This article was published in Australian Dictionary of Biography, Volume 16, (MUP), 2002
Stefan Friedrich Smerd (1916-1978), physicist, was born on 28 July 1916 in Vienna, second son of Rudolf Smerd, mathematician, and his wife Marie, née Pollack. Stefan showed an early love of science and went on to study physics at the Technische Hochschule in 1935-37. Due to the deteriorating political situation in Europe, he and his elder brother Hans migrated to Britain in 1938. There he won a scholarship to the University of Liverpool (B.Sc., 1942; D.Sc., 1965). Although he was interned in Canada for almost a year owing to his nationality, he successfully completed his degree with first-class honours in physics.
For the remainder of World War II Smerd worked at the University of Birmingham and at the Admiralty Signals Establishment at Witley, Surrey, on secret projects connected with the development of radar. His experience enabled him to obtain a position in the division of radiophysics with the Council for Scientific and Industrial Research (Commonwealth Scientific and Industrial Research Organization from 1949). He arrived in Sydney on 29 May 1946, nine days after his widowed father reached Melbourne from Egypt. At St Jude's Church of England, Randwick, on 6 December 1947 Steve married Elizabeth Mary Fraser, a C.S.I.R. laboratory-assistant.
By 1948 Smerd was working with Joe Pawsey on theoretical aspects of the new field of radio astronomy. Acquiring a strong interest in radio emission from the sun, he rapidly gained an international reputation for his work on thermal processes in the 'quiet' sun, and for that on the extremely energetic non-thermal phenomena associated with solar disturbances. Although his work was largely theoretical, he was particularly fascinated by the observational side of solar radio astronomy. He applied his theories to many practical problems and developed a deep insight into the sun's physical processes.
As one of the world's leading solar physicists, Smerd received numerous invitations to attend conferences and join scientific committees. He established a world data centre for solar radio emission during the International Geophysical Year (1957-58), became an active member of the International Astronomical Union, travelled extensively, and formed close professional and personal contacts with scientists throughout the world.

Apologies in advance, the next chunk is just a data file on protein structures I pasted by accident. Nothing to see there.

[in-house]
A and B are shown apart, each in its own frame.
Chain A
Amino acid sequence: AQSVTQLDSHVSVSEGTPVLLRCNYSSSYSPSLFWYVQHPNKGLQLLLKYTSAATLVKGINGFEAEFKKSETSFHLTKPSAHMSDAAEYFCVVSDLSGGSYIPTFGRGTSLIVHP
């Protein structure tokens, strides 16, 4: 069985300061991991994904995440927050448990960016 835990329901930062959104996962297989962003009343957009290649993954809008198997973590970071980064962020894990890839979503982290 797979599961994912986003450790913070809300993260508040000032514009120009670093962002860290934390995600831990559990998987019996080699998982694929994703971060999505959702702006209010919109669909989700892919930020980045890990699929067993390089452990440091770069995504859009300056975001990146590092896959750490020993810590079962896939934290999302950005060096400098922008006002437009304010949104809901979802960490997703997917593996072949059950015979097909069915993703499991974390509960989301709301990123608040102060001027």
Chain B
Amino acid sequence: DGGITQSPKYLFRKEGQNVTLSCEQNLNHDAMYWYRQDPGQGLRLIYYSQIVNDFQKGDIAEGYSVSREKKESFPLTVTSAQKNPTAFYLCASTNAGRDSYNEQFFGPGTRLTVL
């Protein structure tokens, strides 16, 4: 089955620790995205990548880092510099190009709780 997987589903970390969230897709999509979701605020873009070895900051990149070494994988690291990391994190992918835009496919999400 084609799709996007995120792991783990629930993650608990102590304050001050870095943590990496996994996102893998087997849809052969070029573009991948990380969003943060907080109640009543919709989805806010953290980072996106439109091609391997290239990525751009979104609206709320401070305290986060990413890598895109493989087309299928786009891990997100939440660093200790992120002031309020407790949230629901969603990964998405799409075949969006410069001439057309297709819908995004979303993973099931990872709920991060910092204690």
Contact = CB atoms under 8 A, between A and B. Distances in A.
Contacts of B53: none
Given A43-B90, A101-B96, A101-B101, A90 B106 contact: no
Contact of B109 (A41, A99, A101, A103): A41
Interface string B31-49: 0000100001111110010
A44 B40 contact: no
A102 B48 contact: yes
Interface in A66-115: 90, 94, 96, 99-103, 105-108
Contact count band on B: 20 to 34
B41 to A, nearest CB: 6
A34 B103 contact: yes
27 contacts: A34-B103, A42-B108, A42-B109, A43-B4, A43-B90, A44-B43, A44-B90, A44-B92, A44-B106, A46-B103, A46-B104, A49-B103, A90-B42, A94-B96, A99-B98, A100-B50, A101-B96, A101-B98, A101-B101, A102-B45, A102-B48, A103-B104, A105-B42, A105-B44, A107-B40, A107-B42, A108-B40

In 1971 Smerd succeeded his long-term colleague J. P. Wild as head of the solar radio astronomy group and director of the C.S.I.R.O. solar observatory at Culgoora, near Narrabri, New South Wales. Although the administrative responsibilities increased his workload, he accepted this new challenge with enthusiasm and used his knowledge as a catalyst to stimulate and motivate those around him.
Beyond his scientific pursuits, Smerd maintained his interest in politics, sport and community activities. Stemming from a humane and slightly old-fashioned form of socialism, his social philosophy championed the cause of the underprivileged. His keen sense of humour, rich, deep voice and charming nature endeared him to his friends and colleagues. He died on 20 December 1978 while undergoing heart surgery at Royal Prince Alfred Hospital, Camperdown, and was cremated; his wife, and their daughter and three sons survived him.
Peter Robertson, 'Smerd, Stefan Friedrich (1916–1978)', Australian Dictionary of Biography, National Centre of Biography, Australian National University, http://adb.anu.edu.au/biography/smerd-stefan-friedrich-11716/text20943, published first in hardcopy 2002, accessed online 30 July 2016.
This article was first published in hardcopy in Australian Dictionary of Biography, Volume 16, (MUP), 2002